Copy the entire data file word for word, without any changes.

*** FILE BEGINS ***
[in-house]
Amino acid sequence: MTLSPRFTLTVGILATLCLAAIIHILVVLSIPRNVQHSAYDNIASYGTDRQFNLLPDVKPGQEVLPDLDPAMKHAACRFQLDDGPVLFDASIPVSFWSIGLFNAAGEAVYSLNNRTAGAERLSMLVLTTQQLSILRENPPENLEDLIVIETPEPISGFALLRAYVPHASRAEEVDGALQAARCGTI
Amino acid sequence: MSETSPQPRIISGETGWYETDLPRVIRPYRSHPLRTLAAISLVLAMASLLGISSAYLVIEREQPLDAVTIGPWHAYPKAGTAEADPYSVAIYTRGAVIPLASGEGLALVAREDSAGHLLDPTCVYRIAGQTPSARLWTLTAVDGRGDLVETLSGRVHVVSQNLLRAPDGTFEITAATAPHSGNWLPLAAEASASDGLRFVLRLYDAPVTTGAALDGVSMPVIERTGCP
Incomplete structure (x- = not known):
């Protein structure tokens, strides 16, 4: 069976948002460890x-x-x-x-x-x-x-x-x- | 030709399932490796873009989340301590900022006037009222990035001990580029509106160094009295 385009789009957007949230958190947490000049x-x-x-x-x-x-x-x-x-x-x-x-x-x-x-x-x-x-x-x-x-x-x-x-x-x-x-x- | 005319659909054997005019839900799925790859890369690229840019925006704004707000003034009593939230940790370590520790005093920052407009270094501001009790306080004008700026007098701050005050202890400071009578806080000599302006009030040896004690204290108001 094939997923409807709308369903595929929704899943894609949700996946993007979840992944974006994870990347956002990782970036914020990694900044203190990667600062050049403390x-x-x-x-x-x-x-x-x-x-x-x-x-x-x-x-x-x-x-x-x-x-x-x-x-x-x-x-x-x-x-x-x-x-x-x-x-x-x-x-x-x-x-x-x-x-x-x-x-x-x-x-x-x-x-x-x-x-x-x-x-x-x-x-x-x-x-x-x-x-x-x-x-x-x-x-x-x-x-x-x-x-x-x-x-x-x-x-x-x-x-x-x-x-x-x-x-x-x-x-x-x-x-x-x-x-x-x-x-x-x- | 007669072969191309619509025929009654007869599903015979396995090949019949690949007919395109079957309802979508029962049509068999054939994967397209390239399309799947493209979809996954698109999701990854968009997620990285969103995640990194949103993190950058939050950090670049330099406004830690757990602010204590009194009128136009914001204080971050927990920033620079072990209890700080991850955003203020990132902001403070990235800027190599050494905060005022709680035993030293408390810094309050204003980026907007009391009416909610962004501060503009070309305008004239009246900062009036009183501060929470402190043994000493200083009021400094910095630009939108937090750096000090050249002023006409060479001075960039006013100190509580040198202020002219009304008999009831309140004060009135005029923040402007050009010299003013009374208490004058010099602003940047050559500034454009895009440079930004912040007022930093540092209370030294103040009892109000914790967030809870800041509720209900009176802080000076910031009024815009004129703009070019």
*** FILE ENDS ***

[in-house]
Amino acid sequence: MTLSPRFTLTVGILATLCLAAIIHILVVLSIPRNVQHSAYDNIASYGTDRQFNLLPDVKPGQEVLPDLDPAMKHAACRFQLDDGPVLFDASIPVSFWSIGLFNAAGEAVYSLNNRTAGAERLSMLVLTTQQLSILRENPPENLEDLIVIETPEPISGFALLRAYVPHASRAEEVDGALQAARCGTI
Amino acid sequence: MSETSPQPRIISGETGWYETDLPRVIRPYRSHPLRTLAAISLVLAMASLLGISSAYLVIEREQPLDAVTIGPWHAYPKAGTAEADPYSVAIYTRGAVIPLASGEGLALVAREDSAGHLLDPTCVYRIAGQTPSARLWTLTAVDGRGDLVETLSGRVHVVSQNLLRAPDGTFEITAATAPHSGNWLPLAAEASASDGLRFVLRLYDAPVTTGAALDGVSMPVIERTGCP
Incomplete structure (x- = not known):
């Protein structure tokens, strides 16, 4: 069976948002460890x-x-x-x-x-x-x-x-x- | 030709399932490796873009989340301590900022006037009222990035001990580029509106160094009295 385009789009957007949230958190947490000049x-x-x-x-x-x-x-x-x-x-x-x-x-x-x-x-x-x-x-x-x-x-x-x-x-x-x-x- | 005319659909054997005019839900799925790859890369690229840019925006704004707000003034009593939230940790370590520790005093920052407009270094501001009790306080004008700026007098701050005050202890400071009578806080000599302006009030040896004690204290108001 094939997923409807709308369903595929929704899943894609949700996946993007979840992944974006994870990347956002990782970036914020990694900044203190990667600062050049403390x-x-x-x-x-x-x-x-x-x-x-x-x-x-x-x-x-x-x-x-x-x-x-x-x-x-x-x-x-x-x-x-x-x-x-x-x-x-x-x-x-x-x-x-x-x-x-x-x-x-x-x-x-x-x-x-x-x-x-x-x-x-x-x-x-x-x-x-x-x-x-x-x-x-x-x-x-x-x-x-x-x-x-x-x-x-x-x-x-x-x-x-x-x-x-x-x-x-x-x-x-x-x-x-x-x-x-x-x-x-x- | 007669072969191309619509025929009654007869599903015979396995090949019949690949007919395109079957309802979508029962049509068999054939994967397209390239399309799947493209979809996954698109999701990854968009997620990285969103995640990194949103993190950058939050950090670049330099406004830690757990602010204590009194009128136009914001204080971050927990920033620079072990209890700080991850955003203020990132902001403070990235800027190599050494905060005022709680035993030293408390810094309050204003980026907007009391009416909610962004501060503009070309305008004239009246900062009036009183501060929470402190043994000493200083009021400094910095630009939108937090750096000090050249002023006409060479001075960039006013100190509580040198202020002219009304008999009831309140004060009135005029923040402007050009010299003013009374208490004058010099602003940047050559500034454009895009440079930004912040007022930093540092209370030294103040009892109000914790967030809870800041509720209900009176802080000076910031009024815009004129703009070019």